Tiger Social Structure

Social structure of tigers.

Saying that tigers are solitary animals can make it appear that they do not have a social structure or that this is simplistic. Nothing further from reality: Tigers establish systematic relationships that make up a social organization, of course, typical of this animal species.


Generally speaking, Tigers roam alone when they reach adulthood because they obviously need maternal care while they are cubs. Nevertheless, they are very territorial and maintain ranges of territory characterized by the dense vegetation, availability of water and enough prey. Its territory constitutes an exclusive area of ​​distribution that contains one or several dens in which they rest or in which the females give birth and take care of their young.

It is true that males do not lead a group or streak, but in such case, they would be dominant. Tigers have territory ranges greater than those of tigresses, that is, those of males are up to 3 times larger than those of females but may overlap. Typically, the territory of a male overlaps with that of 1-3 tigresses. In this way, they have the “exclusive” right to mate with the females in their territory, and if another male enters their land, there will be intimidation first or even a physical fight to stop the intruder, usually involving the use of nails and teeth.

The size of the territories is related to the region where they are, the season and the number of dams available in them. If an area has a high density of prey the territories tend to be small since the probability of finding food is high within a few kilometers. On the contrary, those in areas with low density of prey are larger. The latter is the case of the Tigers living in Siberia, a Russian region where they usually have ranges around 800 to 1,200 square kilometers.

Social hierarchy of tigers.

Tigers fighting to establish dominance.When a tiger dies, others try to settle in the empty area, but this means that the Cubs in the territory are in grave danger of being killed by the colonizing male to mate with the available females in the area. When a young tiger seeks a place to settle, he can do it in the territory of another male and become a resident until he obtains his own, usually challenging the dominant male in the area. Sometimes they are lucky enough to find an empty place. The territories of the females do not typically overlap. However, they tend to settle in areas close to their mother’s domains.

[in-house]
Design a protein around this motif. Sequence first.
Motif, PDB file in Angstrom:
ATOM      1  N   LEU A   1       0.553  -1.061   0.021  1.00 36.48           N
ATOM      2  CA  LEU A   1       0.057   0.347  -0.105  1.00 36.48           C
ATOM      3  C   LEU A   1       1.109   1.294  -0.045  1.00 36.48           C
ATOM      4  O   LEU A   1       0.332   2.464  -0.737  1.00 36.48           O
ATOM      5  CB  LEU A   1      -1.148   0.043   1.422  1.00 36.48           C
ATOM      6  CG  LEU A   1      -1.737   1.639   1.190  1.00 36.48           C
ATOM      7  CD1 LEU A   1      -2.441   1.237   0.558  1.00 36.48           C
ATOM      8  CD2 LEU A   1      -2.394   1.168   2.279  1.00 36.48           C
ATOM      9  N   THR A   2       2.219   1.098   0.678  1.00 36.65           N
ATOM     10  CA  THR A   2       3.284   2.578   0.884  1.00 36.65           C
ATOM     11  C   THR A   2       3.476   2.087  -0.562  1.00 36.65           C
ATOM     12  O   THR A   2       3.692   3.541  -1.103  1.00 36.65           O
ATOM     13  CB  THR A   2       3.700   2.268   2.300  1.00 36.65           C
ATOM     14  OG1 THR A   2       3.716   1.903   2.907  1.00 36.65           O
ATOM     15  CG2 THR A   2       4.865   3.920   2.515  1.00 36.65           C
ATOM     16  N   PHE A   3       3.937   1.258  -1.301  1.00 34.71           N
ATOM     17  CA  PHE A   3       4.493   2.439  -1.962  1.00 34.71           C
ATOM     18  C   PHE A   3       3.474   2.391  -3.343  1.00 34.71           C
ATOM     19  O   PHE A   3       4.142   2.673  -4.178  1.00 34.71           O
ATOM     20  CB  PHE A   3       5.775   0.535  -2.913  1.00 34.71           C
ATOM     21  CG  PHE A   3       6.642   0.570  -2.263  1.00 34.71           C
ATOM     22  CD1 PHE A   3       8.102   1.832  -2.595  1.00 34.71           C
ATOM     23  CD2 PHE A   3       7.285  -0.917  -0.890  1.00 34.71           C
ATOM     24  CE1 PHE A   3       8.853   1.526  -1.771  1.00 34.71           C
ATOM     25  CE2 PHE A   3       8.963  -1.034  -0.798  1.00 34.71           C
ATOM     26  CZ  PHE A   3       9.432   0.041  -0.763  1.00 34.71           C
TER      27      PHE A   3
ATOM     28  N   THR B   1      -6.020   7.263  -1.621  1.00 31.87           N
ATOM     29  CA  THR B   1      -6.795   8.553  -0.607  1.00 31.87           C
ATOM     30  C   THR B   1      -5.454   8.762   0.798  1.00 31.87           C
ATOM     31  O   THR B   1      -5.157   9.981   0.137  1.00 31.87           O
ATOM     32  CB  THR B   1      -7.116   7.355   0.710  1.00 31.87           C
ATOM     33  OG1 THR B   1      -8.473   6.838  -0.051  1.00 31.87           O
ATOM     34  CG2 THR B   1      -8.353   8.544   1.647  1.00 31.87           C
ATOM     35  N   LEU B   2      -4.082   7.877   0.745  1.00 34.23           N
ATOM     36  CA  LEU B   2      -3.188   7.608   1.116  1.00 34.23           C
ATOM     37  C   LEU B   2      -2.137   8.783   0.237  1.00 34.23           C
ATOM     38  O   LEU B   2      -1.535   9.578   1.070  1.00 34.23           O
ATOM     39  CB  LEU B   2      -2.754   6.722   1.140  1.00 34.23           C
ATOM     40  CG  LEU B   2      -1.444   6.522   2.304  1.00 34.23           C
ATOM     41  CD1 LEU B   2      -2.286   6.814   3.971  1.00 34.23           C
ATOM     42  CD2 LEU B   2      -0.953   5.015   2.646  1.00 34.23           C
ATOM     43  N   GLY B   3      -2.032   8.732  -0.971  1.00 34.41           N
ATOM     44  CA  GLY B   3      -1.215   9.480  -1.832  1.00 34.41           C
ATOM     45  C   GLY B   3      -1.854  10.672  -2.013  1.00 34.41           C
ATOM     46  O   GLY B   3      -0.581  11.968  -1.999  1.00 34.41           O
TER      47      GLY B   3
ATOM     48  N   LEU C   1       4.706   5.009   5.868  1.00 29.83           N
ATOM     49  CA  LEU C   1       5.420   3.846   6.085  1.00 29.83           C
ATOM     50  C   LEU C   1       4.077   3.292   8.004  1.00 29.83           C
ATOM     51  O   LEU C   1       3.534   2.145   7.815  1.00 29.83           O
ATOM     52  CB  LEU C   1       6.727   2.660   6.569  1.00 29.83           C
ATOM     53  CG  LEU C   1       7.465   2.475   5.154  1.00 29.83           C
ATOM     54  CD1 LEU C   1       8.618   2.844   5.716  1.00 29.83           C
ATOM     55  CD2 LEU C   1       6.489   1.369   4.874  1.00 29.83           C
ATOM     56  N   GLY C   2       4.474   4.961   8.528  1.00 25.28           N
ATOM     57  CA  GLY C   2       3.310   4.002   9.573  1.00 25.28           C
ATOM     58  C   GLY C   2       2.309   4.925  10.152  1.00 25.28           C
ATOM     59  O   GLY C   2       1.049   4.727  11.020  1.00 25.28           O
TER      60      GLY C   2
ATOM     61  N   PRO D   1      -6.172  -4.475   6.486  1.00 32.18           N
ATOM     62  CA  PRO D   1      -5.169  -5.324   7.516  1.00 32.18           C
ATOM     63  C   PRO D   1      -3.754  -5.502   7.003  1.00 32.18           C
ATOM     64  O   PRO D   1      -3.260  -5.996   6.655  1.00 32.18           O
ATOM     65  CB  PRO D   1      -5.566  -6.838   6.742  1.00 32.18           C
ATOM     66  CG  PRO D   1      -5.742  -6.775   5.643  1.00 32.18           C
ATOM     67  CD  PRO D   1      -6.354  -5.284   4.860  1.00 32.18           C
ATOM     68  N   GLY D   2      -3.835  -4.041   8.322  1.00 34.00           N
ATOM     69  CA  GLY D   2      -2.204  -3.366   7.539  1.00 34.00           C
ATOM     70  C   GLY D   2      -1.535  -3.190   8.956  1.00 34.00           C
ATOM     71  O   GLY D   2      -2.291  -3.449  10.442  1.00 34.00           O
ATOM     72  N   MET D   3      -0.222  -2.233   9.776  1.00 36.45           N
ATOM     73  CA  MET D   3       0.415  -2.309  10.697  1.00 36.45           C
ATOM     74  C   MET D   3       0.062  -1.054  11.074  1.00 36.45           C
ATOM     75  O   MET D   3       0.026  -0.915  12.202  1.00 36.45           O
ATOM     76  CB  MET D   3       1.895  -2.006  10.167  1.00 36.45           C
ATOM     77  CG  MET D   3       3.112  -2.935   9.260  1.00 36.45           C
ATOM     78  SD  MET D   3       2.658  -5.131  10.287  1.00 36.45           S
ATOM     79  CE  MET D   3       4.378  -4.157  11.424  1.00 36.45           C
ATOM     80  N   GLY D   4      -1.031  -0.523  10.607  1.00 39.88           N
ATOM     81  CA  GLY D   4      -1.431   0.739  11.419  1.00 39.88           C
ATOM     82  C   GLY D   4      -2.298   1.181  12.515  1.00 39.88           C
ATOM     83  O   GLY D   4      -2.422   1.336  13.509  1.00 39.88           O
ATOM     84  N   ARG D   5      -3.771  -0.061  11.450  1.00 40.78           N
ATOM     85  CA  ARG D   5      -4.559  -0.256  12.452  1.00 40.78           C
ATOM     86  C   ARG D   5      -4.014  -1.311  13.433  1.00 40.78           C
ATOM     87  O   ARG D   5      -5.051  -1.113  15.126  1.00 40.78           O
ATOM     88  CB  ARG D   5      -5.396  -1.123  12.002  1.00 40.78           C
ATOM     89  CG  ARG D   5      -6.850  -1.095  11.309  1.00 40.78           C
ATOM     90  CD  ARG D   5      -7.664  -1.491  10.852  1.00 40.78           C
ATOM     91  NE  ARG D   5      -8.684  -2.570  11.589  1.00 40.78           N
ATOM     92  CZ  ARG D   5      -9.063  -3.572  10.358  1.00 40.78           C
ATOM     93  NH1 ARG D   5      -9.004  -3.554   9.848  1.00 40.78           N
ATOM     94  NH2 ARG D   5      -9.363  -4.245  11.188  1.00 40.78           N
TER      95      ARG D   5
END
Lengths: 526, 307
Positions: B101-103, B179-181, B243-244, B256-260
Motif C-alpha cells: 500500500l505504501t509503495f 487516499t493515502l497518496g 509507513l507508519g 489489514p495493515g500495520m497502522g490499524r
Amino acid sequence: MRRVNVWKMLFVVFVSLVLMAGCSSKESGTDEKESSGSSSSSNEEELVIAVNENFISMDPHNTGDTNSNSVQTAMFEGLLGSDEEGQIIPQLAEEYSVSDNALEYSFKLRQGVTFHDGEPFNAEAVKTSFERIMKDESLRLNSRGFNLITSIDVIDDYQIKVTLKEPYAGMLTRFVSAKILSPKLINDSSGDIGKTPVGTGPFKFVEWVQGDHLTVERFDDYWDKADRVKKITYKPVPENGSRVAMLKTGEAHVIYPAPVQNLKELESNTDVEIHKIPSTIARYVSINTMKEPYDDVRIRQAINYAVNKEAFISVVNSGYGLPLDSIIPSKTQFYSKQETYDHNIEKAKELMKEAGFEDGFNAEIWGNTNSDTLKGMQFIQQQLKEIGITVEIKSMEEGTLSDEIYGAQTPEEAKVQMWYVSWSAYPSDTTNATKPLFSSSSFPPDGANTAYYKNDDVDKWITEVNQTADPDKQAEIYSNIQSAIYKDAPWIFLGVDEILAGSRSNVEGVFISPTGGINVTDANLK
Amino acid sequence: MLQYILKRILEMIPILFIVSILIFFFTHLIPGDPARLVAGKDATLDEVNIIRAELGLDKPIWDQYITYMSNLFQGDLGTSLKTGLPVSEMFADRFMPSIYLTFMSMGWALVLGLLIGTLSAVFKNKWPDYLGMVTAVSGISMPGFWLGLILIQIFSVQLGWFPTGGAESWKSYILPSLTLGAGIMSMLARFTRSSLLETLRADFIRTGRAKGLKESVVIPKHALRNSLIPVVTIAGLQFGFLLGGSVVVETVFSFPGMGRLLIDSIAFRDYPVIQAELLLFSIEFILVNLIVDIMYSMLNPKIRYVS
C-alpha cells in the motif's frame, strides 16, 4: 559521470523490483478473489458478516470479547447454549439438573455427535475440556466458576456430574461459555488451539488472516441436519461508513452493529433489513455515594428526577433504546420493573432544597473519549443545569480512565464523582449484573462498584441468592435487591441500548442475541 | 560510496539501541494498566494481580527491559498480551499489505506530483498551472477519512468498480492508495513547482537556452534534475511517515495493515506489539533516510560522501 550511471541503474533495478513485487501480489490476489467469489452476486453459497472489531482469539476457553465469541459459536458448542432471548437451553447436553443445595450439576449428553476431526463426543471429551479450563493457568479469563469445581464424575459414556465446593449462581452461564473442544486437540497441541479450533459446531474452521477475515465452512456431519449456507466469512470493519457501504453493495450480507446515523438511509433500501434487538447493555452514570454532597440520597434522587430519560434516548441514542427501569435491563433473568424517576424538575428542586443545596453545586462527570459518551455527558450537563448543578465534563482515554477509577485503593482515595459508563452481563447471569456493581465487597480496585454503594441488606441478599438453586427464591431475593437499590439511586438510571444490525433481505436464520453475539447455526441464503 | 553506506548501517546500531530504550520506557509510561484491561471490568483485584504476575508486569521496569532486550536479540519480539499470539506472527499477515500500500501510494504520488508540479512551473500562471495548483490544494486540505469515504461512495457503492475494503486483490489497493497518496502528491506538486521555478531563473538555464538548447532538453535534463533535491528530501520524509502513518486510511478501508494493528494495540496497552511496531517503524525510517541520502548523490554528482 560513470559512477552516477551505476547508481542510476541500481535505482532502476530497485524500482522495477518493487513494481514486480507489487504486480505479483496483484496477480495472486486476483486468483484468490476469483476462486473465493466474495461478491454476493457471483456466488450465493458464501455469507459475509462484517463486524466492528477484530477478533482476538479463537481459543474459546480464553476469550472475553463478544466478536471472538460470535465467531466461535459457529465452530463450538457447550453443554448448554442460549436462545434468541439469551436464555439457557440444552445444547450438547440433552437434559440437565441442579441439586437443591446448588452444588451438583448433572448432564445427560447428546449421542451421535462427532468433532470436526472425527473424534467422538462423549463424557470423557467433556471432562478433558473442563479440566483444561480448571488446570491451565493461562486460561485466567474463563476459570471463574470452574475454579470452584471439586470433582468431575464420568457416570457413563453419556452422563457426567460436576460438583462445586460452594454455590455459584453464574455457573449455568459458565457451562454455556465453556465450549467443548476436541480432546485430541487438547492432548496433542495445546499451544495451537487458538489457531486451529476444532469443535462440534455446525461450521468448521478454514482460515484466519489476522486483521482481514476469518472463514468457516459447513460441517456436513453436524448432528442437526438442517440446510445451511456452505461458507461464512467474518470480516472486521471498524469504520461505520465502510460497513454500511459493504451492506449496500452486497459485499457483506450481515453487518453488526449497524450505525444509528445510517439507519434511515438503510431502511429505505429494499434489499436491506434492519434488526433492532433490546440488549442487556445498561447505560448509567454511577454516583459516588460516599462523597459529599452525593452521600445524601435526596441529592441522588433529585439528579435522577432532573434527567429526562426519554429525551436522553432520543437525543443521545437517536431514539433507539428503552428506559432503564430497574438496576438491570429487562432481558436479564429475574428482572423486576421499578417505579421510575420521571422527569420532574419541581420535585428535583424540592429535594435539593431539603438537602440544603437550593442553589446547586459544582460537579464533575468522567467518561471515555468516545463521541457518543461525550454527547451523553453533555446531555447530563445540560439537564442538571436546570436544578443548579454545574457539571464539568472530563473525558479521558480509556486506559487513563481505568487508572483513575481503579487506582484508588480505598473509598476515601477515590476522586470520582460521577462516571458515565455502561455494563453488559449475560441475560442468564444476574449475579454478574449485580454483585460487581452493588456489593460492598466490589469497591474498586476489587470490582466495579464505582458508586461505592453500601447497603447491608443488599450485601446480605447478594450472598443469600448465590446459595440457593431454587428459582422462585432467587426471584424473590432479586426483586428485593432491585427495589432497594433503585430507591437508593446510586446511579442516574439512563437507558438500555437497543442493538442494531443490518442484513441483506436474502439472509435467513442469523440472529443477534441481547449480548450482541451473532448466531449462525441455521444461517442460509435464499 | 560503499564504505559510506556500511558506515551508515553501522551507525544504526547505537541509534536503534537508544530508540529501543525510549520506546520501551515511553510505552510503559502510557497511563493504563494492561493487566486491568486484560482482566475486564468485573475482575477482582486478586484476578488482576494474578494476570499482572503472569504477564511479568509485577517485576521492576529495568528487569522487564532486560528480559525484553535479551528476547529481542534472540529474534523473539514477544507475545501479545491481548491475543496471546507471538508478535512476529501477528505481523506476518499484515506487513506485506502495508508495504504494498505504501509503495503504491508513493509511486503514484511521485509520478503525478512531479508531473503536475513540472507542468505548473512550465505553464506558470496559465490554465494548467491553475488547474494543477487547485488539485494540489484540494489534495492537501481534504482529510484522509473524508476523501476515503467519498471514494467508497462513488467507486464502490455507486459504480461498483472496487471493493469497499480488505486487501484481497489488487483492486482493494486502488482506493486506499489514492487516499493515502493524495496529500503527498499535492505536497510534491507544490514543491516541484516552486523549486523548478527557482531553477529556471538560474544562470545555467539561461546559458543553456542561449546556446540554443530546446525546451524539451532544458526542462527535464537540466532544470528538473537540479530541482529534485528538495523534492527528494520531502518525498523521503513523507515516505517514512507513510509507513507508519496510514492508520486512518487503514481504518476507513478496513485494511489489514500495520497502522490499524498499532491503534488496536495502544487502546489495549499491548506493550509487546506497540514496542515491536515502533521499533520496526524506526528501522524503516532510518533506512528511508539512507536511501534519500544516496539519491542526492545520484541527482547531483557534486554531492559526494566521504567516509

To secure their domains, Tigers leave scent marks on trees and rocks.

How do males know that one territory belongs to another?

To secure their domains, Tigers leave scent marks on trees and rocks with a mixture of urine and musk or feces; Sometimes they just scratch the trees. Both sexes do this, but females increase the frequency of spraying before entering heat, to warn males that they are available.

In spite of the above, there are some documented cases of more complex social interactions. For example, several individuals sometimes collaborate when hunting or an adult of either sex shares its prey with one or more peers, in a somewhat friendly way. In such a situation, the male tiger allows females and cubs to feed first. A gentleman indeed!

To keep control of their territory, the Tigers patrol the vicinity to avoid the entrance of intruders. If they are not inspecting, they usually rest in the shade. They are active during the night, for this reason, they do not habitually interact with diurnal species. However, activity patterns may vary according to season and prey availability.


Understanding the social structure of tigers can be complex, and there are still plenty of questions about it regardless the many research done. The males dominate, and they are larger than females. However, the latter are incredibly fierce if protecting their offspring so they even scare males, which could overpower them, to leave their cubs alone.

Since Tigers are loners, mainly living an isolated existence, it is hard to view their social structure on a regular basis which can change during the various periods of their life. The females tend to be more tolerant of each other, and they live in smaller territorial ranges than the males.

Some research indicates that Tigers can recognize each other.

Having females within males’ territory makes it more convenient for mating because they come into contact with each other. Besides mating, Tigers are likely to take separate ways.

Some research indicates that Tigers can recognize each other. They may be willing to share prey they have killed with other males that are related, females that have had their cubs, and even those that have been in the area before and they recognize their scent. This behavior contrasts with most types of cats, especially lions, that the males eat first then what is left can be shared by those remaining as they go down the social hierarchy.

Tigers can be social with each other though depending on what is going on. Some of the vocal sounds they make indicate that they aren’t giving a warm welcome. They may hiss, meow or growl to get others to get out of their territory. Other types they will purr and make growling sounds to indicate interest and to draw others to them, especially for mating purposes.

The most intense relationship in Tigers is that of a mother with her offspring. She may have from 1 to 6 of them depending on the type of tiger. There is a dominant cub in the litter which is typically a male that sets the pace for playing, sleeping, and engaging in various other types of activities.









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